Enlargement and extension of the tumor in the nasopharynx may result in symptoms of nasal obstruction, changes in hearing, and cranial nerve palsies. The most common physical finding is a neck mass consisting of painless firm lymph node enlargement (80%), which was missing from the present case. Ocular disturbances have been reported in the literature with the involvement of multiple cranial nerves. Middle ear effusion is also one of the common presentations of NPC patients, which was also silent in the present case. A poor prognosis has been associated with the following: cranial nerve palsies, intracranial extension of tumor, cervical lymph node metastasis, level V (supraclavicular) cervical node involvement, nodes greater than 8 centimeters (cm), WHO type I histology (well differentiated squamous cell carcinoma), older age, and distant metastasis.[4],[5],[6]

NPC can extend superiorly into the cavernous sinus with extra dural involvement while direct invasion of the brain is rare at diagnosis, which was seen in the CECT in the present case. After clinical assessment, bony involvement was suspected and it was subjected to NCCT. On looking at the changes, CECT was done in accordance with metastatic evaluation of the lesions to assess the lymph node status and extent of lesion.

In general, NPC spreads along well-defined routes. Nerves are resistant to tumor, and perineural tumor spread is an insidious and often asymptomatic process by which NPC can invade upward and backward through the skull base to the cavernous sinus and middle cranial fossa.[7]

This case presented with a category T4 NPC. It involved the fossa of rosenmuller extending inferiorly into the anterior tonsilar pillar. Superiorly, it invaded the base of skull with involvement of various skull foramina and extending further superiorly upto the right cavernous sinus and middle cranial fossa through right foramen ovale causing its widening suggestive of perineural extension with skull base erosion and destruction. Other authors have reported infiltration of middle cranial fossa can be through the inferior orbital fissure, optic canal and superior orbital fissure, also involving the cavernous sinus.[7] It can also invade the anterior cranial fossa through the ethmoid sinus and cribrifrom plate anteriorly.[7]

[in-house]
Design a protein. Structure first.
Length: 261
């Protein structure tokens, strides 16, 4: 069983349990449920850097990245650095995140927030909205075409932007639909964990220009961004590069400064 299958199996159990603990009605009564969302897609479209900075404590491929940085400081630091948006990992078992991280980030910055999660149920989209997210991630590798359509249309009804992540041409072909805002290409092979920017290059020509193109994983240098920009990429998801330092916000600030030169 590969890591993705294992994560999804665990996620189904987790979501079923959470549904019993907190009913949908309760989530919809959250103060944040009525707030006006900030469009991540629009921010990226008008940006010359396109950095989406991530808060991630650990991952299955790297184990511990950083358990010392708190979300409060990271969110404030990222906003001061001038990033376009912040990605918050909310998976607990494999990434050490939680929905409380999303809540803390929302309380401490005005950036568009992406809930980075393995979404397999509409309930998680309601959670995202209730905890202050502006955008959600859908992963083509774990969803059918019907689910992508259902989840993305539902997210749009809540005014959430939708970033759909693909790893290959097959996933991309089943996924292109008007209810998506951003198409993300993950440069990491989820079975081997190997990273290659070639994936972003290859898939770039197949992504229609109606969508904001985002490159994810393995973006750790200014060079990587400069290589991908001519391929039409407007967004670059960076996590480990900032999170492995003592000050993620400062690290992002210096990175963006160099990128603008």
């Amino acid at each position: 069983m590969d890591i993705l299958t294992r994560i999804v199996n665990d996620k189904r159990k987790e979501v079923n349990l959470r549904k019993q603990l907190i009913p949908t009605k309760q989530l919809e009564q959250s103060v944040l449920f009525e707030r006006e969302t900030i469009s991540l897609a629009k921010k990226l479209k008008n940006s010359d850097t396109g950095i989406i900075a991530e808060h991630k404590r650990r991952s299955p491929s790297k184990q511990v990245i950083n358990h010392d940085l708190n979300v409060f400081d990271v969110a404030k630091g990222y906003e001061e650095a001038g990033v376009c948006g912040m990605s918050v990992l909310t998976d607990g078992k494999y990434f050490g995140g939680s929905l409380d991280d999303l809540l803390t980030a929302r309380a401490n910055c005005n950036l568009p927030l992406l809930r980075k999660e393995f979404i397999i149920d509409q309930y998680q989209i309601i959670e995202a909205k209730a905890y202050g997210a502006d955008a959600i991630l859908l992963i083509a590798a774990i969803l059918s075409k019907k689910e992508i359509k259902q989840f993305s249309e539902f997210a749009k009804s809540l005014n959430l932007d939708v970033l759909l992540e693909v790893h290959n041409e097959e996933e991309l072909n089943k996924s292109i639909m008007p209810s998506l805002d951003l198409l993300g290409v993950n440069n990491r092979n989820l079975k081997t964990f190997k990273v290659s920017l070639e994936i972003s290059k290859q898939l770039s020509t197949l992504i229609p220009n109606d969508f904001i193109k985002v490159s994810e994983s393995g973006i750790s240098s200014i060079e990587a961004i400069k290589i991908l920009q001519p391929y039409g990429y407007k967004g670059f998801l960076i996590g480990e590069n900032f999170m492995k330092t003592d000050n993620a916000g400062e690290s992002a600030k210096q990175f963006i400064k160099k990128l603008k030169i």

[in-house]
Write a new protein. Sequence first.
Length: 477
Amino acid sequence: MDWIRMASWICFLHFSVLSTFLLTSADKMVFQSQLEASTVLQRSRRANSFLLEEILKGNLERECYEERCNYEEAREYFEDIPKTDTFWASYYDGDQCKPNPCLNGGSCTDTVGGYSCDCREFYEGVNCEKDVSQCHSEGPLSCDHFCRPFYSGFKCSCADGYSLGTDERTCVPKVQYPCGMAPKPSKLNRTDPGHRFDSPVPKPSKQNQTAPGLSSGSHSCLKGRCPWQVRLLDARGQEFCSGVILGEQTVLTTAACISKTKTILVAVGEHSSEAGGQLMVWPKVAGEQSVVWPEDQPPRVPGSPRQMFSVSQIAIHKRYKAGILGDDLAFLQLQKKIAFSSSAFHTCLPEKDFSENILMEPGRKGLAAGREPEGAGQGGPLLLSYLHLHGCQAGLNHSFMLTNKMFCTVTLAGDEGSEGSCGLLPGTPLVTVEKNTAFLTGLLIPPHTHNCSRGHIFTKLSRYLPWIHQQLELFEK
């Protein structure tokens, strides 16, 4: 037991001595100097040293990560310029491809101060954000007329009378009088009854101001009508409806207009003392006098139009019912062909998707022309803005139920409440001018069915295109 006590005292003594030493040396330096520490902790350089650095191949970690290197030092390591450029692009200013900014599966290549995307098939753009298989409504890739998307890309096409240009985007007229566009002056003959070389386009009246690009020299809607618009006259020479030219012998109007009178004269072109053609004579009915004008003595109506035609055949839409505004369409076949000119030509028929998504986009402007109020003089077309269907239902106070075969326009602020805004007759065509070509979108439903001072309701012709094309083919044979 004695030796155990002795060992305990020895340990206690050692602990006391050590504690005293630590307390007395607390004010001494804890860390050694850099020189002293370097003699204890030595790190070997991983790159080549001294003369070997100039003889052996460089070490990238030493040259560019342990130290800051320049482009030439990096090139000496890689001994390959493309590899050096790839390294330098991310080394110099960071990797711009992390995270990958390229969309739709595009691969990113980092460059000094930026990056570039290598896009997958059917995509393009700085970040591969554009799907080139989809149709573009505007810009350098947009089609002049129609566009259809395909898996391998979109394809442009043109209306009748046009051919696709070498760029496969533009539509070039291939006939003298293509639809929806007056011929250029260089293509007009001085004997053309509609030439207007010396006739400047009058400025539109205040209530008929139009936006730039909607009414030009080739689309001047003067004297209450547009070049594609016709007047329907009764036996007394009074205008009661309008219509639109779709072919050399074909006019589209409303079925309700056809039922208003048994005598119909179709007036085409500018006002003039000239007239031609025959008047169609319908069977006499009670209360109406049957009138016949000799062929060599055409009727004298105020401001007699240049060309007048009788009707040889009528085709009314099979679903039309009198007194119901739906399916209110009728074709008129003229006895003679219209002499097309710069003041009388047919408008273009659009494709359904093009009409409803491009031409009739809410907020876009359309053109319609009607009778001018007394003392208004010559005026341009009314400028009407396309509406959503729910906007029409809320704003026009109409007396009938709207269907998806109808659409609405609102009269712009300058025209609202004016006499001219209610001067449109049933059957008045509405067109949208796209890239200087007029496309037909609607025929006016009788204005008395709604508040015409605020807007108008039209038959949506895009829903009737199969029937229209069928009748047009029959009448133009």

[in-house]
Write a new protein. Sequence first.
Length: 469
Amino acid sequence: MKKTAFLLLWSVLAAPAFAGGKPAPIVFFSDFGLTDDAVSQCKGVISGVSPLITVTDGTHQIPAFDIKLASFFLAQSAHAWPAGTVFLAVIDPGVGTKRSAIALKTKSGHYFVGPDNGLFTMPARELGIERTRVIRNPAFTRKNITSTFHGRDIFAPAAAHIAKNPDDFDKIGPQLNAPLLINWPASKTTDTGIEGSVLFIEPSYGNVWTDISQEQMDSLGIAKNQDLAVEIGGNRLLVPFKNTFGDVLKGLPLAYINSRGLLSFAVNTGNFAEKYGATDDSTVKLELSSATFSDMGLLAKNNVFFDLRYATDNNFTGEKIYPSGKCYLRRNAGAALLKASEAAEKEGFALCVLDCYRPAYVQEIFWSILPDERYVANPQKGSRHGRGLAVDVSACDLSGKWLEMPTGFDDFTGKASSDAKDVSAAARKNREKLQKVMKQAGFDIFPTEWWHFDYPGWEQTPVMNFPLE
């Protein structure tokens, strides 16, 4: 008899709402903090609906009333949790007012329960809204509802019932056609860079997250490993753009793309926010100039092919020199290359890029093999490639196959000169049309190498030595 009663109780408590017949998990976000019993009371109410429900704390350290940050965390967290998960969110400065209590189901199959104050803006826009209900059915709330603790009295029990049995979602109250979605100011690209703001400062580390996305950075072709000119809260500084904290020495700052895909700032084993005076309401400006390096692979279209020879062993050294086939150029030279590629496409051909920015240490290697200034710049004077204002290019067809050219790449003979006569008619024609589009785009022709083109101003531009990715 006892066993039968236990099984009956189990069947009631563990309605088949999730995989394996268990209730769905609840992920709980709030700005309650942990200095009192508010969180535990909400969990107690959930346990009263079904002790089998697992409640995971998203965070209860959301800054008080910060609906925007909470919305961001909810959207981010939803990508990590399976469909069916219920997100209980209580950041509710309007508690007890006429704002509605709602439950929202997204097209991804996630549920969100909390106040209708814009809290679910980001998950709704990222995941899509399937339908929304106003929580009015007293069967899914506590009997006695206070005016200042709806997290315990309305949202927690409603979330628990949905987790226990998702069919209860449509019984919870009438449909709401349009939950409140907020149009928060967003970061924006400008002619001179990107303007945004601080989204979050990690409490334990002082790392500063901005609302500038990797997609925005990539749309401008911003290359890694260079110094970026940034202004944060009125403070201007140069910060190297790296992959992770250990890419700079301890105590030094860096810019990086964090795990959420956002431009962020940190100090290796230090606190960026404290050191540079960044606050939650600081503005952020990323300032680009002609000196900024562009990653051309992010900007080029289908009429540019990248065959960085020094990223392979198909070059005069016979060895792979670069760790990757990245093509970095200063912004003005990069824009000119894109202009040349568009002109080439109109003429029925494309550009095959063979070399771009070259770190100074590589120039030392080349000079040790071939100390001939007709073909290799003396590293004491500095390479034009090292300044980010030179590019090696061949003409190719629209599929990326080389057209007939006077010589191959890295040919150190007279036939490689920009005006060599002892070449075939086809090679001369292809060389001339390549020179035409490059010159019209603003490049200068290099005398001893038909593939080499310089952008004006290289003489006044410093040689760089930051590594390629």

Laterally the mass was invading the right parapharyngeal space and medially bulging into the nasopharyngeal airway and can be recognized by the partial or complete effacement of the fat-filled parapharyngeal space. Further lateral spread takes the tumor into the masticator space. The masticator spaces are paired suprahyoid cervical spaces on each side of the face. Each space is enveloped by the superficial (investing) layer of the deep cervical fascia. The masticator space contains the mastication muscles, ramus of the mandible, and mandibular nerve. Because clinical assessment of lesions in this space may be difficult, advanced imaging is important for the characterization and mapping of the pathology.

When the medial or lateral pterygoid muscles are infiltrated, the patient may complain of trismus but as revealed in the present case atrophy of the muscles of the mastication can also occur through the perineural extension. Posteriorly it was invading in the retropharyngeal space. Posteriorly, it can also spread to the prevertebral muscle, including the longus colli muscle. Inferiorly, it can invade to the oropharynx. It most commonly spreads via the foramen lacerum, otherwise, it also commonly invades the posterior cranial fossa via the jugular foramen. Infiltration of the medial and lateral pterygoid muscles, infratemporal fat, and temporalis muscle is found when tumors extend laterally from the parapharyngeal space, pterygoid base, or the pterygomaxillary fissure, as was true for the present case.[9]

The presenting features of NPC are generally varied and diagnostically a challenge. While the common features involve lymph node enlargement, ocular symptoms, headaches, etc., NPC causing atrophy of muscles of mastication with negligible symptoms is rare. The drawback of reporting present case is lack of MR imaging as the sensitivity and specificity rates of enhanced CT for the diagnosis of cervical lymph adenopathy are approximately 14–60% and 78–92% respectively, compared to 29–80% and 82–92% respectively for MRI and some authors believe that MRI should be the standard imaging modality for diagnosing and staging of NPC.[10]

Nonetheless, this case highlights the importance of considering NPC as one of the causes of muscular atrophy with mild pain. The clinician should always be alert to the possibility of infiltrative tumor and the role of an oral physician and maxillofacial radiologist in diagnosing this rare disease is emphasized through this report.

Financial support and sponsorship

Nil.

Conflicts of interest

There are no conflicts of interest.